Red Hat: Channel Will Account For 70 Percent Of Revenue In Two Years
Open-source software vendor Red Hat expects the channel to account for between 70 percent and 75 percent of its sales within two years as the company continues to expand beyond its core Linux product into middleware and cloud computing software.
Red Hat recently restructured its direct-sales force to focus on a smaller number of named-account customers and is leaving more sales to its 6,000-plus partners, said Alex Pinchev, Red Hat executive vice president and president of global sales, services and field marketing, in an interview at Red Hat's Summit conference in Boston this week.
Red Hat also plans to expand its Channel Acceleration program, initially geared toward resellers of the company's virtualization software, to all partners. And a new partner training and certification program is in the wings.
"Our business is very-well positioned to scale up sales through our partners," Pinchev said in a Summit press conference earlier this week. "We see growing demand from our partners all across our product lines."
Red Hat traditionally focused on direct and OEM sales when its Red Hat Enterprise Linux operating system software accounted for most of its business. That began to change in June 2006 when the company acquired JBoss, the developer of the open-source application server with the same name that became the core of a growing line of middleware products.
Since then the company has continued to expand its software offerings to include virtualization, systems management and identity management products. Last year the company broke into the cloud computing arena with its Red Hat Cloud Foundations software. This week the company added to its cloud offerings with the new CloudForms Infrastructure-as-a-Service and OpenShift Platform-as-a-Service software.
NEXT: Red Hat's Plans To Boost Channel Sales
Today the channel accounts for between 60 percent and 65 percent of Red Hat's sales, according to Pinchev. That includes OEM sales and sales through VARs, ISVs, systems integrators and other partners by way of distributors under a two-tier distribution model. For Red Hat's fiscal 2011 ended Feb. 28, partner sales worldwide grew 34 percent.
Pinchev said that as recently as three or four years ago Red Hat was still working to get its channel act together and partners complained that the company was hard to work with. "It takes time to build a partnership culture in the company," he said. "I think we're there."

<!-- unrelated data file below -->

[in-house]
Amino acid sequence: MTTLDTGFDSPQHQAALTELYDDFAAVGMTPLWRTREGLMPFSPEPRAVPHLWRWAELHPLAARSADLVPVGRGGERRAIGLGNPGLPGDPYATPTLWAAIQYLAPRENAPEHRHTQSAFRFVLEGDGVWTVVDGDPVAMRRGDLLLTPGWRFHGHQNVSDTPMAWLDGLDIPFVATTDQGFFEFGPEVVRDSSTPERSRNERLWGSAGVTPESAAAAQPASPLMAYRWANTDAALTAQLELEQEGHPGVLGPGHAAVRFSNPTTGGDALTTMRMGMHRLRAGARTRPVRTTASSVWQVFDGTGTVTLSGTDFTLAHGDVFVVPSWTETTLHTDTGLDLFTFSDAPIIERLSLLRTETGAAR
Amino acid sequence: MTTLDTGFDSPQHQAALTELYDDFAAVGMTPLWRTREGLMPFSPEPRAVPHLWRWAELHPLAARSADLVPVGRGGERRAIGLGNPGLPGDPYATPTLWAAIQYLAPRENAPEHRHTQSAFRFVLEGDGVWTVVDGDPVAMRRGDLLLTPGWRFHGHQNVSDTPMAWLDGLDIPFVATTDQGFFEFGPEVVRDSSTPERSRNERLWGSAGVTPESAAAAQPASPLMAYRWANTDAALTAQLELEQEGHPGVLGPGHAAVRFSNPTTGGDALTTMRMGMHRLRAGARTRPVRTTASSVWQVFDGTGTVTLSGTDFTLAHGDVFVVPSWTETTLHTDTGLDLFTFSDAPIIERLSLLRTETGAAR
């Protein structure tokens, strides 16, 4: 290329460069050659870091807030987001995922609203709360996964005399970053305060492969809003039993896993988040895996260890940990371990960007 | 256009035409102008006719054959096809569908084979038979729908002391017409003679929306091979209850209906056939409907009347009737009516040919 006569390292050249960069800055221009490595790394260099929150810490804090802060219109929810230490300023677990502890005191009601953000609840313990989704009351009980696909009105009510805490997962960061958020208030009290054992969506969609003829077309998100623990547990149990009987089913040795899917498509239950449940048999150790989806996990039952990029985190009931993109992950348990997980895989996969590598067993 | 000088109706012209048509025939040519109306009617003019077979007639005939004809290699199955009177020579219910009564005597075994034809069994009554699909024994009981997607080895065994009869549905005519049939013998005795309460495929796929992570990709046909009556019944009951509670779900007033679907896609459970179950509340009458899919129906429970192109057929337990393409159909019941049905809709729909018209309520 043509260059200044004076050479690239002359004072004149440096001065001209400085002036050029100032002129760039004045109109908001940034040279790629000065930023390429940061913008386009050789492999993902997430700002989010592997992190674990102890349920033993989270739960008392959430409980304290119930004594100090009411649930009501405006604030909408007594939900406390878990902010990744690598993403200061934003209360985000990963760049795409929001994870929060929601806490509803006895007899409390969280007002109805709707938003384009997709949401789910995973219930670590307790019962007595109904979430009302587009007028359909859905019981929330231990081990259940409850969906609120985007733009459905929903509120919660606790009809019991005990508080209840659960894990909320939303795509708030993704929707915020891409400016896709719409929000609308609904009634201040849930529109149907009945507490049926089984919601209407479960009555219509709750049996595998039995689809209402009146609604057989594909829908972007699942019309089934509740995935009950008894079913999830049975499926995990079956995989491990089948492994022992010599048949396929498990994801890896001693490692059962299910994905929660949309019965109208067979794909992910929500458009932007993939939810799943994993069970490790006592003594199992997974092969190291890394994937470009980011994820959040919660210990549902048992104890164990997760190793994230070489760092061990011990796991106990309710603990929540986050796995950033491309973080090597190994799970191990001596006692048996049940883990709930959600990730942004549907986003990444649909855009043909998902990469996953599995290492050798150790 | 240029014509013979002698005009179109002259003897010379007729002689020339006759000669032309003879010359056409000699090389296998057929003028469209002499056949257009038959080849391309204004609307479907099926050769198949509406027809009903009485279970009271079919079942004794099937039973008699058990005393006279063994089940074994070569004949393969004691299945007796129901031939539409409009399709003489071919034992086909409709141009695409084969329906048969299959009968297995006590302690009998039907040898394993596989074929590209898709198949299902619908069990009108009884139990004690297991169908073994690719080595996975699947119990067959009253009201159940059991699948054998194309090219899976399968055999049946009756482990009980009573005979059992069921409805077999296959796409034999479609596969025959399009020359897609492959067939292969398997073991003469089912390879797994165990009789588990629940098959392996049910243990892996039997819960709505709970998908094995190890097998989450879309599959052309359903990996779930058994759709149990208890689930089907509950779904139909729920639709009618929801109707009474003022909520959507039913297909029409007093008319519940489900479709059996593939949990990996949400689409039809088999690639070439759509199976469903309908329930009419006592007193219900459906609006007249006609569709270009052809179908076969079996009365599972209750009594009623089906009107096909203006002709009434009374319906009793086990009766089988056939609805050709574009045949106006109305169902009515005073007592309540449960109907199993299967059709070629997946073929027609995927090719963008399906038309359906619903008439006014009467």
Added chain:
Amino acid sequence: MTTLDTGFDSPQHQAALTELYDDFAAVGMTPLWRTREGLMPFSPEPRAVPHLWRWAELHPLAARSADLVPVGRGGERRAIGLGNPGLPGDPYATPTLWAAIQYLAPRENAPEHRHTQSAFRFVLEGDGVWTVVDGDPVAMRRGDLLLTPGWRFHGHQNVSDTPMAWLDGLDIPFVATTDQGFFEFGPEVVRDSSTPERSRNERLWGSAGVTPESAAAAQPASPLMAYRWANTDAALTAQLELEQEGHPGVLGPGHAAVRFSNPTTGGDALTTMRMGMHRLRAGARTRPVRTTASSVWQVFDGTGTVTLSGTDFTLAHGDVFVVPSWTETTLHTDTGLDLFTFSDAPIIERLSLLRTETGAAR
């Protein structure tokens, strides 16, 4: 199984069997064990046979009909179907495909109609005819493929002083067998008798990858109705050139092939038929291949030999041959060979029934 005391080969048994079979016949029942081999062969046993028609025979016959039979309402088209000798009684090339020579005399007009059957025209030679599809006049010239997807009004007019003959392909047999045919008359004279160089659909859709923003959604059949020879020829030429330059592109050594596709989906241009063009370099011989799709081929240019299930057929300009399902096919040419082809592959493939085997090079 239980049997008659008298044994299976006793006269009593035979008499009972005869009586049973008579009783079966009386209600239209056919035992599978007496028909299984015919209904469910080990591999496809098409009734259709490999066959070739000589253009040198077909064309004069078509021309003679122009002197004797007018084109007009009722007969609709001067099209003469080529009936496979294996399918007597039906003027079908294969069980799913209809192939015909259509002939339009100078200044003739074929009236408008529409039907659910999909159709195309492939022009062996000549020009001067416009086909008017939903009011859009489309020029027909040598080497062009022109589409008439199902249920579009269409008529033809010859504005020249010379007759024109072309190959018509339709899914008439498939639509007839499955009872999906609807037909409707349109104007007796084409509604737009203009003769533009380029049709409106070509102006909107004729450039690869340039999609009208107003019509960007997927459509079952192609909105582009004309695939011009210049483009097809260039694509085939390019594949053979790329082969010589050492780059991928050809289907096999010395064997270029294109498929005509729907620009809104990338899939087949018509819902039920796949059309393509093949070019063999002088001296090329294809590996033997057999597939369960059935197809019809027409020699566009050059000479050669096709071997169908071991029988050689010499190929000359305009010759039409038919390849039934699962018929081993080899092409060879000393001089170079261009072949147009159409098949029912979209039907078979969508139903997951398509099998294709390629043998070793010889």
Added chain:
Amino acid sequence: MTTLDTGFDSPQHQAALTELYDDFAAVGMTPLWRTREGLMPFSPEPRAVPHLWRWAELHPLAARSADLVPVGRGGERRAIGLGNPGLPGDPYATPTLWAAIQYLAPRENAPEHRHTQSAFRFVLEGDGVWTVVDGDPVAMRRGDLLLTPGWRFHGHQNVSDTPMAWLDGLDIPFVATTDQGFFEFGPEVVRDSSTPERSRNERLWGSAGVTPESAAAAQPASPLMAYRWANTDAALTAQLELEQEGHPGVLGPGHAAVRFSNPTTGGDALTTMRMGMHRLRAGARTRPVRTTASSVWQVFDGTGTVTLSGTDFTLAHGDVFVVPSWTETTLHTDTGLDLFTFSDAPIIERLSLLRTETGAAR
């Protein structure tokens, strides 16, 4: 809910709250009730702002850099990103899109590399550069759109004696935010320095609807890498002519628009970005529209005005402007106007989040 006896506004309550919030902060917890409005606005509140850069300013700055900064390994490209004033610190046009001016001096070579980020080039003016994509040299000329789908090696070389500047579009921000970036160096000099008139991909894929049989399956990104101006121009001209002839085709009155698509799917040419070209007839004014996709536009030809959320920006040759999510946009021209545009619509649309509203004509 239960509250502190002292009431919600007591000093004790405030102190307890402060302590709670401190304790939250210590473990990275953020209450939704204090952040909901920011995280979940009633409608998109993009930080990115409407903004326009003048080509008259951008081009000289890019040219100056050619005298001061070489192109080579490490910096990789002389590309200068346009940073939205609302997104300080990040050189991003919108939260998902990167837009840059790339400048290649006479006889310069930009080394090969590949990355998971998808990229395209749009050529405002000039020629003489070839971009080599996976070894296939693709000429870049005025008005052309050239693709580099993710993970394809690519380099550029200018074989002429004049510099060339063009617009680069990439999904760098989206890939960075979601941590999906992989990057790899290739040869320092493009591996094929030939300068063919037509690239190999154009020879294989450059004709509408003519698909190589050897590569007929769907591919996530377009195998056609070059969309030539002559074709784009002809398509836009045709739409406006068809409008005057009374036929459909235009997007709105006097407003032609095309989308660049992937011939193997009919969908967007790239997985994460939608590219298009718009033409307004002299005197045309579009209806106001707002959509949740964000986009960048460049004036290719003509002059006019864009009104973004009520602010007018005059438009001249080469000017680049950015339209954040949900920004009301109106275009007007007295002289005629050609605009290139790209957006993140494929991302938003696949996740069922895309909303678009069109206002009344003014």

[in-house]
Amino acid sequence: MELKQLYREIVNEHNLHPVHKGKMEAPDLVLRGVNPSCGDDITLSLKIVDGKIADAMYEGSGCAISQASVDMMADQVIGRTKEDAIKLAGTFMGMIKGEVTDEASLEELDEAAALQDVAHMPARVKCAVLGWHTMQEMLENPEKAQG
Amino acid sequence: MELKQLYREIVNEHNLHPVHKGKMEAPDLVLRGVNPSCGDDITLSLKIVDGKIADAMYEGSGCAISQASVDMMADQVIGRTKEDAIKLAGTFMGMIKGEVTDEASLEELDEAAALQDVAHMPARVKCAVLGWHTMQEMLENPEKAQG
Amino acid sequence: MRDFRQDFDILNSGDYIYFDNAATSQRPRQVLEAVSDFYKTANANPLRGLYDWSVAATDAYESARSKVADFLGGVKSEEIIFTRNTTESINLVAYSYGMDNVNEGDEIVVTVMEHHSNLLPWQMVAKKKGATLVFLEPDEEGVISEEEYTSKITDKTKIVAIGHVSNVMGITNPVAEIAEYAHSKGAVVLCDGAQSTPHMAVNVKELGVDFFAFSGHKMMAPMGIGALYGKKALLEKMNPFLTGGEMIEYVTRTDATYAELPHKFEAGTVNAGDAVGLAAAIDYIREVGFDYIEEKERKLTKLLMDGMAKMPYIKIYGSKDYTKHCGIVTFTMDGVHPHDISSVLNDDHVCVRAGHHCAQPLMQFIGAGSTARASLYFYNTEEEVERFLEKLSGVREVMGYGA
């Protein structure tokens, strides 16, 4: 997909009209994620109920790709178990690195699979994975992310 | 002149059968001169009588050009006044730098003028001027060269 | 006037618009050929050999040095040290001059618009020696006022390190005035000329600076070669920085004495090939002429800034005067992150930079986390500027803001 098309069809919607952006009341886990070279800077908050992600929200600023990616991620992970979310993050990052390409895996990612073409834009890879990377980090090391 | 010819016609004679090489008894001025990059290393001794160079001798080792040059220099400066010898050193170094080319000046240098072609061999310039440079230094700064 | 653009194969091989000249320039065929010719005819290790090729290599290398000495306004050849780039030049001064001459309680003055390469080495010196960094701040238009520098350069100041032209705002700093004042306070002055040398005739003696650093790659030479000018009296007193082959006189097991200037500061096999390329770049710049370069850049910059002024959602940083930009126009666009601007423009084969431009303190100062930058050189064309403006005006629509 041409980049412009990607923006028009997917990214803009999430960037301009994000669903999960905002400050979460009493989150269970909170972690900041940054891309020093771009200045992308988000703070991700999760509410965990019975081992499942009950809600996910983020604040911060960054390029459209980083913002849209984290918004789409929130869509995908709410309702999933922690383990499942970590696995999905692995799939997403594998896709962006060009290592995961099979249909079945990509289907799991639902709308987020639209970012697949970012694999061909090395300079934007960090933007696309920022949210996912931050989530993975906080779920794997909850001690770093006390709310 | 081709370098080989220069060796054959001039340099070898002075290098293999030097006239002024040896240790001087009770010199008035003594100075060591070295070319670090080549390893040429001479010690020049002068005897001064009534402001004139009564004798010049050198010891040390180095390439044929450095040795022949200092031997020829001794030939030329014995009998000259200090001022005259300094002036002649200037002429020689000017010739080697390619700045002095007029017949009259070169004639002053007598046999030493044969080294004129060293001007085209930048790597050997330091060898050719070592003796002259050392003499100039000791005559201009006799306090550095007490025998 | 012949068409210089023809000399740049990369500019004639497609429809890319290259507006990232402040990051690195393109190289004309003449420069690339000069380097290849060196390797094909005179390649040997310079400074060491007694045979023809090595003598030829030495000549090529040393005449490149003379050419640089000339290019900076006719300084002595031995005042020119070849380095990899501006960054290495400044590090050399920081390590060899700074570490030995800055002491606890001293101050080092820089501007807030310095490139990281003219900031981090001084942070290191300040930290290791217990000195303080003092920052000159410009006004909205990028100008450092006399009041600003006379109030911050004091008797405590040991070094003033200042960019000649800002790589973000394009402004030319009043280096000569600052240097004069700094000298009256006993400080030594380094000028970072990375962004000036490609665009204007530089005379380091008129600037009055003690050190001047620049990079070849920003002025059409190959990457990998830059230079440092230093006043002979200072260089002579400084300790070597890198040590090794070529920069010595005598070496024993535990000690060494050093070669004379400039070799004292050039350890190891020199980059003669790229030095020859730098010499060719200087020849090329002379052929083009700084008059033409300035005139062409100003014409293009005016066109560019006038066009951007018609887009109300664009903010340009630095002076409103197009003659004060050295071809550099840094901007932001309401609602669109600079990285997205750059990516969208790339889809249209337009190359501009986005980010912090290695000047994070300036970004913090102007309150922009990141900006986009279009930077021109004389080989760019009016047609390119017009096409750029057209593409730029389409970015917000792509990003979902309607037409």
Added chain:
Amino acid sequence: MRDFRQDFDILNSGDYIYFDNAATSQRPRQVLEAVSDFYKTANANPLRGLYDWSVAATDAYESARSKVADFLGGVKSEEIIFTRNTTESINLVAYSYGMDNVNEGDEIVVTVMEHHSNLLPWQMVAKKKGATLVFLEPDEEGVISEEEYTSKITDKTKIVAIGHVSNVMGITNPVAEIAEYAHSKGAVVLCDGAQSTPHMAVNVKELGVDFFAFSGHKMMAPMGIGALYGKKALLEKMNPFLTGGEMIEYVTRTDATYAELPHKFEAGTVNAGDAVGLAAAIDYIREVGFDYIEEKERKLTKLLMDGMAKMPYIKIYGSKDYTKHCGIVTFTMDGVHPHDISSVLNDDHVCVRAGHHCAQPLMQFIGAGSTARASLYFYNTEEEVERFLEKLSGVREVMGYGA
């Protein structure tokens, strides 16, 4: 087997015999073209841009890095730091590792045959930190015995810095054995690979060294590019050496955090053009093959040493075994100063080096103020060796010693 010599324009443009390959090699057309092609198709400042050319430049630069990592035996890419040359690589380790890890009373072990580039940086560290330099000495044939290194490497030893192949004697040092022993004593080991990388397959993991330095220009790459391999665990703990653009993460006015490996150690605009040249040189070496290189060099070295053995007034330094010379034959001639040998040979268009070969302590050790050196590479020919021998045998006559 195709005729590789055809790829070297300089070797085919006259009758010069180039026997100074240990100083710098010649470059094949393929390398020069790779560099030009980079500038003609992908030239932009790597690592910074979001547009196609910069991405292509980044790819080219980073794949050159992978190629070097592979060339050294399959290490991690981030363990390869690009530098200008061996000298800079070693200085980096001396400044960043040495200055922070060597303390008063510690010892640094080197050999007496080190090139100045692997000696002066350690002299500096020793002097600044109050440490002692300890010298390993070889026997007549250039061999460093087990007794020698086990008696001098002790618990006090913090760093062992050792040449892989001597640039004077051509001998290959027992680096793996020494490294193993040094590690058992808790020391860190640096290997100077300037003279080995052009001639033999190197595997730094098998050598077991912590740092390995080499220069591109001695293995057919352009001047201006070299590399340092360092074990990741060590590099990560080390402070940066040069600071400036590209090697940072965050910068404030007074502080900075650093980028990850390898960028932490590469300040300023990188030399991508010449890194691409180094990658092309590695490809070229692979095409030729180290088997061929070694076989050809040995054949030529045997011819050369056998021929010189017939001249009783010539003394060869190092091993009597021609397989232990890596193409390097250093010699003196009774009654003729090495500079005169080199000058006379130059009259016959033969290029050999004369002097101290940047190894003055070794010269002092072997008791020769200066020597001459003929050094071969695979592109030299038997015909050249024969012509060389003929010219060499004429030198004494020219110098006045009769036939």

While he declined to provide specific numbers, Pinchev said that since the beginning of the fiscal year in March Red Hat reduced the number of accounts it sells to directly, leaving more to be serviced by channel partners. A number of sales representatives were transferred to channel sales support. The company continues to sell directly to what Pinchev described as a small number of large named accounts, including several major financial services companies.
Virtualization software is the most popular Red Hat product with channel partners. Last November Red Hat launched the Channel Acceleration program for partners who resell the company's virtualization software, providing special discounts, technical support and training. That program will be expanded to all partners over time, Pinchev said.
Also on tap is the Red Hat Ambassador training and certification program that will roll out to partners over the next two to three months, according to Pinchev. And Red Hat Pathways, a set of new service offerings the company is building for customers, will be made available through the channel.
Red Hat continues to recruit new partners, but Pinchev said the focus is on getting current partners to carry a broader range of the company's products and to add services around those products. He said partners generate between $4 and $10 in services revenue for every $1 of middleware sales.
While virtualization software will continue to be Red Hat's biggest channel seller, Pinchev said the new CloudForms product "is a fantastic platform for partners to build services on."